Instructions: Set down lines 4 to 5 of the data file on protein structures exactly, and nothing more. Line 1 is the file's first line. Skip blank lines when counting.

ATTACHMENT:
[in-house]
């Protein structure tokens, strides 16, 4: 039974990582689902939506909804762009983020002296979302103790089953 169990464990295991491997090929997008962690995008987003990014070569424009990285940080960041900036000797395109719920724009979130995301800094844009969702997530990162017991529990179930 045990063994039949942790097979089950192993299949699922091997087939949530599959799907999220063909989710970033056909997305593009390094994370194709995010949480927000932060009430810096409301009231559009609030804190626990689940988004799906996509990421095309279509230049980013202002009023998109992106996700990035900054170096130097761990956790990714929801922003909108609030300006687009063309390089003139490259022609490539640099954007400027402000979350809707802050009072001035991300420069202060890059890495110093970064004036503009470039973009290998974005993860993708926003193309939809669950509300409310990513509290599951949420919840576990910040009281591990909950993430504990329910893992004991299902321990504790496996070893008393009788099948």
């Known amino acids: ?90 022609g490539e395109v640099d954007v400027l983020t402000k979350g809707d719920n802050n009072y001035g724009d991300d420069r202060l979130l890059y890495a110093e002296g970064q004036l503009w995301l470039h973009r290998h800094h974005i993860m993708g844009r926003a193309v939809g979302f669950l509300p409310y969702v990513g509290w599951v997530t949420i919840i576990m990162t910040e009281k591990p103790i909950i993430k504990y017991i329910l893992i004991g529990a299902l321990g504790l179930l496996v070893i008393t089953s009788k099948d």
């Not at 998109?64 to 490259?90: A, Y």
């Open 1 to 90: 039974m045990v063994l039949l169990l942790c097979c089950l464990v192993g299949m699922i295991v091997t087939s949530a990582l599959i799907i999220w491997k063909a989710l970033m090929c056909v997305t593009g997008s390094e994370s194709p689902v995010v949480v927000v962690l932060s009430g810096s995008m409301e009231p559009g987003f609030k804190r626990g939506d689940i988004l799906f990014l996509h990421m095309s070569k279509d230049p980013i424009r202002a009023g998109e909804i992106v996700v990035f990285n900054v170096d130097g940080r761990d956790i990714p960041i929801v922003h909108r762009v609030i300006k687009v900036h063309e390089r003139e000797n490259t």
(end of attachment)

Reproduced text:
């Not at 998109?64 to 490259?90: A, Y």
């Open 1 to 90: 039974m045990v063994l039949l169990l942790c097979c089950l464990v192993g299949m699922i295991v091997t087939s949530a990582l599959i799907i999220w491997k063909a989710l970033m090929c056909v997305t593009g997008s390094e994370s194709p689902v995010v949480v927000v962690l932060s009430g810096s995008m409301e009231p559009g987003f609030k804190r626990g939506d689940i988004l799906f990014l996509h990421m095309s070569k279509d230049p980013i424009r202002a009023g998109e909804i992106v996700v990035f990285n900054v170096d130097g940080r761990d956790i990714p960041i929801v922003h909108r762009v609030i300006k687009v900036h063309e390089r003139e000797n490259t």